Edith was born on December 31, 1922 in Everett, Massachusetts. She was theonly child of the late Jacob and Pauline Kucher

Bloom, who were among many fleeing the anti-semitism of Poland at the time. Most of their relatives were not as fortunate.

After graduating from Everett High School, Edith worked as a bookkeeper. Then a blind date with Morris changed the course of her life. Her reluctance to move from the “big city” to the small town of Gardner, MA gave way to Morris’ persuasive letters to his fiancée. They made their home in the downstairs apartment of the two-family house built by Morris’ parents, Hyman and Freda Arkin Sandrof, who were refugees from Russia. Years later Edith and Morris relocated to Leominster where they lived for nearly 45 years.

Edith grew to become a homemaker extraordinaire and made her family and homethe center of her life. Every night at least three homemade pastries would be taken out of the freezer for dessert along with any number of summer fruits—blueberries, strawberries, peaches—harvested by the couple at local farms and frozen, to be enjoyed over the long New England winters. Despite failing health during the last year of her life, Edith was still eager to share recipes and housekeeping tips honed over seven decades with a number of her devoted caretakers.

Morris was born on March 2, 1918 in Gardner, MA. He was the youngest of six siblings: artists, musicians, writers, filmmakers, photographers, and one merchant who took over their father’s business, Sandrof’s Clothing on Pleasant Street in Gardner. Theirs was a creative household that fostered Morris’ lifelong inquisitive nature and fine-tuned eye.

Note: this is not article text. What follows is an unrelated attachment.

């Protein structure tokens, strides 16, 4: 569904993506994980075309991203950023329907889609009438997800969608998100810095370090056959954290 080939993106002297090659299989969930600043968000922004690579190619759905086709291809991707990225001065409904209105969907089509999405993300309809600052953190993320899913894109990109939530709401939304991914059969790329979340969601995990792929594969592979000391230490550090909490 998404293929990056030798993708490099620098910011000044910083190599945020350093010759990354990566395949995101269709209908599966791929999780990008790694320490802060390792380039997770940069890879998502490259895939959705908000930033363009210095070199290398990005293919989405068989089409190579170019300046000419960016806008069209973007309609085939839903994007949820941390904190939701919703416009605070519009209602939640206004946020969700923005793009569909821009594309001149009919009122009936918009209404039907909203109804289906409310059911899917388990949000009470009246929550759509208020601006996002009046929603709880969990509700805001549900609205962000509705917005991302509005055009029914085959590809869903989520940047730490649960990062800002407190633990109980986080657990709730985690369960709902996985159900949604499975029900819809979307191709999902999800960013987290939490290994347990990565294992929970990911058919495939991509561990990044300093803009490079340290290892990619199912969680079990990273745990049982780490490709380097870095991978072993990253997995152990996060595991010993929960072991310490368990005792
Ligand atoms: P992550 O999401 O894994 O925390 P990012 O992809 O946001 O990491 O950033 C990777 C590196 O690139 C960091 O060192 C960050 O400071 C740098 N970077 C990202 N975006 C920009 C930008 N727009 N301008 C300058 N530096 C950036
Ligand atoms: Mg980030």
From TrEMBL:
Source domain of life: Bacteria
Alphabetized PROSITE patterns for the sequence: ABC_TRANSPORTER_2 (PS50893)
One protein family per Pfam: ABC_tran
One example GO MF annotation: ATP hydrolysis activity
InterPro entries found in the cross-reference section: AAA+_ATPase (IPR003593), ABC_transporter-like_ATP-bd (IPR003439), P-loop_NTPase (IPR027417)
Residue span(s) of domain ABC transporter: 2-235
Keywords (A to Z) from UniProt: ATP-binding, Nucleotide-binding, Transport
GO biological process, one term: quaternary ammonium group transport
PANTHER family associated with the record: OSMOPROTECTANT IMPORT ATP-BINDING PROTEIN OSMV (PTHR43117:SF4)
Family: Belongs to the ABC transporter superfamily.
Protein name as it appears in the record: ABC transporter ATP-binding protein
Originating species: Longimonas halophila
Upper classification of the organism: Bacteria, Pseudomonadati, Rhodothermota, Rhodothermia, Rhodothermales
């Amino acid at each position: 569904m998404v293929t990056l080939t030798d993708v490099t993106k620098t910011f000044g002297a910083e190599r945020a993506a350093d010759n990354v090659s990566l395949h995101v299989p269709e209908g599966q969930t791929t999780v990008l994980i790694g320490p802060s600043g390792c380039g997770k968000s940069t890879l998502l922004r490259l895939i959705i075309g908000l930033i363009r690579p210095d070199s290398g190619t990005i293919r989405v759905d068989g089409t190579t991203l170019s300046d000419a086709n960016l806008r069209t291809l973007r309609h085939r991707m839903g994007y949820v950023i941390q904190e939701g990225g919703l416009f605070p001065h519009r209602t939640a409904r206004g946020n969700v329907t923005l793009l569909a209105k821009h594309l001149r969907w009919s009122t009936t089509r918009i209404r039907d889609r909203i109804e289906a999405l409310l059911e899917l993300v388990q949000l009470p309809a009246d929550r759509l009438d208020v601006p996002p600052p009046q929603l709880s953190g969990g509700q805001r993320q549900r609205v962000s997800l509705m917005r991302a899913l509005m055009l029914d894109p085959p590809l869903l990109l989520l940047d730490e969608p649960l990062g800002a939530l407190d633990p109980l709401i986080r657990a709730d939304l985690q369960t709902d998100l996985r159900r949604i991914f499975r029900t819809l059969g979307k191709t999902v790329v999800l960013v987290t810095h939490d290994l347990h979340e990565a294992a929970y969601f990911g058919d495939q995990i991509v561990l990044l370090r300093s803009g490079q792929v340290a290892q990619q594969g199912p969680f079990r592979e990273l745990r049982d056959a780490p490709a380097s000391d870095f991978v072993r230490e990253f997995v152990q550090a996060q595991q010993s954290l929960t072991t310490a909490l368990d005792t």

A graduate of Gardner High, he attended Clark University before joining the Navy in 1942. He served on the aircraft carrier USS Bunker Hill in the South Pacific asYeoman Second Class. Morris was responsible for debriefing pilots after they returned from reconnaissance and bombing missions and submitting those reports through a chain of command. For his service he received five Bronze Stars foraction with the Pacific Fleet.

Well into his nineties Morris returned to memories of those years, spending hours on the computer learning more about the ship’s missions and searching for shipmates who might still be alive. He was surprised to learn recently that his unassuming commander at the time had become one of the country’s more prominent philanthropists in the arts and had served as a trustee at the Philadelphia Museum of Art. Never one to let an interesting fact lie fallow, Morrisdecided to connect with a staff member of the Museum to share a few wartime anecdotes for their archives.

After the war, Morris worked as an independent photographer. He then joined the family business and later continued his retailing career in central Massachusetts. In retirement, he would volunteer his time helping the disadvantaged with tax preparation and offer companionship to the elderly. Morris was a member of the Masons for more than 50 years. An avid reader, he enjoyed several hobbies, including stained glass, photography and gardening. He was known to appreciate a ripe summer tomato more than most and even last summer found the energy togrow a patch of cherry tomatoes. Ever the news junkie, Morris read at least two daily newspapers—for his 100th birthday his children gave him a subscription to The Gardner News.

Edith and Morris were active members of the Leominster synagogue Congregation Agudat Achim where Edith’s steady presence as the office manager of the religious school and resident “mother hen” was appreciated by the children, their parents and the principal; and Congregation Ohave Shalom in Gardner, the city’s first and only synagogue, built on the land Morris’ father Hyman donated to the community.The deed for that parcel is now housed in the Gardner Museum.